Prince of Darkness (1987 film) Retrospective…

Prince of Darkness (1987 film) Retrospective after the break…

Prince of Darkness (1987 film) Retrospective…

Why is this not a “review”? Because, quite honestly, I can’t “review” this film in the classical sense. This is a film that has aged so badly that a clinical review just would not be fair. Therefore, it would make more sense to categorize this as a retrospective.

To clue people in on the plot: A recently vacated urban church has a vast underground basement that holds a  secret – It contains a liquid substance that is physically evil. A group of scientists are convinced by a priest to try to analyze the substance. The evil, though, is leaking through it’s container and is convincing the local homeless (as well as the legion of insects nearby) through mind control to ensure that no one leaves the church alive. Is the end times upon us?

Believe it or not, the premise is actually quite intriguing despite how badly the film has aged. Unfortunately, the premise only holds up until you hit upon the notion that the enemy is a batch of swirling green kool-aid. Yup – It’s not goo or slime but an actual watery liquid. To try to distract you from the fact that our villain best resides in a punch bowl, the simple-minded proto-zombie homeless bring the actual knives and sharp objects against our protagonists. Of course, the proto-zombie homeless are on the outside of the church; To ratchet up the suspense, the evil kool-aid being can squirt itself into the mouths of unsuspecting scientists inside the church, causing them to also turn into proto-zombies. Finally, if all of this doesn’t give you the chill, there’s always the cheap scare of creepy, crawly insects traveling on human bodies in places that they shouldn’t (no, not THERE… Despite the R-rating, you’ll have to get your pr0n from someplace else).

The film was made in 1987, long before AT&T and Verizon were beating each other senseless in advertisements exclaiming just how large their carrier networks are for their cellphone service. Therefore, try hard not to snicker when our protagonists find themselves trapped in an urban setting with no way to communicate with the outside world. Just imagine how different this movie would’ve been in modern times…

PROTAGONIST #1: We’re trapped by shambling proto-zombie homeless people outside!

PROTAGONIST #2: Relax, let me just dial up the police on my cellphone…

End of movie.

Of course, knowing screenwriters, I’m sure that, somehow, the evil green kool-aid would’ve been able to knock out satellite communications or some other such silly nonsense. However, how come not a single person thought of trying to get to the roof and signaling from help there? You’re in a city!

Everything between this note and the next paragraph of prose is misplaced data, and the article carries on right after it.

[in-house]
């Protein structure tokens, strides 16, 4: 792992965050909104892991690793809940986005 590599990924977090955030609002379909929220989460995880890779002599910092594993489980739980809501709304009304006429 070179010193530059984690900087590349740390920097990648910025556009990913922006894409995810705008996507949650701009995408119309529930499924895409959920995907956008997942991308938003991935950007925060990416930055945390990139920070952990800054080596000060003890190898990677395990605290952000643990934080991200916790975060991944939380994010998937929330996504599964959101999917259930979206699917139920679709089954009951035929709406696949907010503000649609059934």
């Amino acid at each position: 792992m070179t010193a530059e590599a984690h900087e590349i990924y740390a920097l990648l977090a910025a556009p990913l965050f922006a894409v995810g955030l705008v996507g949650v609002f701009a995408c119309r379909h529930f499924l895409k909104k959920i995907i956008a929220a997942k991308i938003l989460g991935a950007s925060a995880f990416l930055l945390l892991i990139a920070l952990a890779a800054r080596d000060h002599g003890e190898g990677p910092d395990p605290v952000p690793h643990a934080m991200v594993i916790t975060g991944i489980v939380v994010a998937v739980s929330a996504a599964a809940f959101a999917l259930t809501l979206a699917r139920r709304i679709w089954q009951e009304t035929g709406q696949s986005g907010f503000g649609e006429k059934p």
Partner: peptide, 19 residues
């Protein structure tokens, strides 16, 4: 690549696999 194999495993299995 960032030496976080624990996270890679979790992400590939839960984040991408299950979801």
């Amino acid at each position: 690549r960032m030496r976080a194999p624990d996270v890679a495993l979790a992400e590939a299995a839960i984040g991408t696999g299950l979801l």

Anyway, one aspect of this film that I really liked was the Brotherhood of Sleep concept where everyone who slept in the church had the same dream. There’s a dream that’s slowly revealed (that could be a high-tech message from the futuristic year of… 1999!) where perhaps the evil kool-aid has won… Or has it? I actually liked this whole idea and it was legitimately one of the better ideas of the movie. If they had developed it and turned it more into the central focus of the movie rather then a throwaway gimmick, it could’ve nullified a lot of the outdated silliness that they had to rely upon. Imagine, if you will, the plot is changed to a bunch of renovators living in the church while the renovate it and they all get different aspects of the same dream and must piece together the dream before it’s too late… But I digress.

The ending of the film really deflates any remaining suspense and gives a lot of “WTF” moments: For some reason, the liquid must enter a designated person, that person changes into a melty-zombish thingy that must then pull some really evil humanoidish thing out of a mirror (yes, you read all of that right) and then humanity is destroyed. I’m not sure when all of this is explained but, if the Brotherhood of Sleep knew about this, why did they keep mirrors in the church… At all? They were the ones who kept the sacred book that was written in all of these olde languages that hardly anyone used. And why didn’t they have a successor? And what would’ve happened if the lady who became the zombie-designate couldn’t find a big enough mirror? Would she have ordered one of the proto-zombie homeless people to get her one? One of the possessed scientists?

The more I think about this movie, the less it makes sense and the less it scares me. In fact, the more I think about this movie, the more I realize that the only genuine “horror” came from insects crawling all over people. There’s your genuine horror moment: Insects. In fact, when evil is finally dispelled, the proto-zombie homeless people simply walk away. Boom. Just like that. The possessed scientists all die but the homeless? Nope. Back to drinking cheap beer under the bridge and collecting soda cans from trash bins. It would’ve been cool if they had also met some fate as well.

Anyway, this is one movie that was neat for it’s time but simply has not aged well at all. Perhaps John Carpenter would craft a remake of this movie that might close up some plot holes and modernize it a little more.

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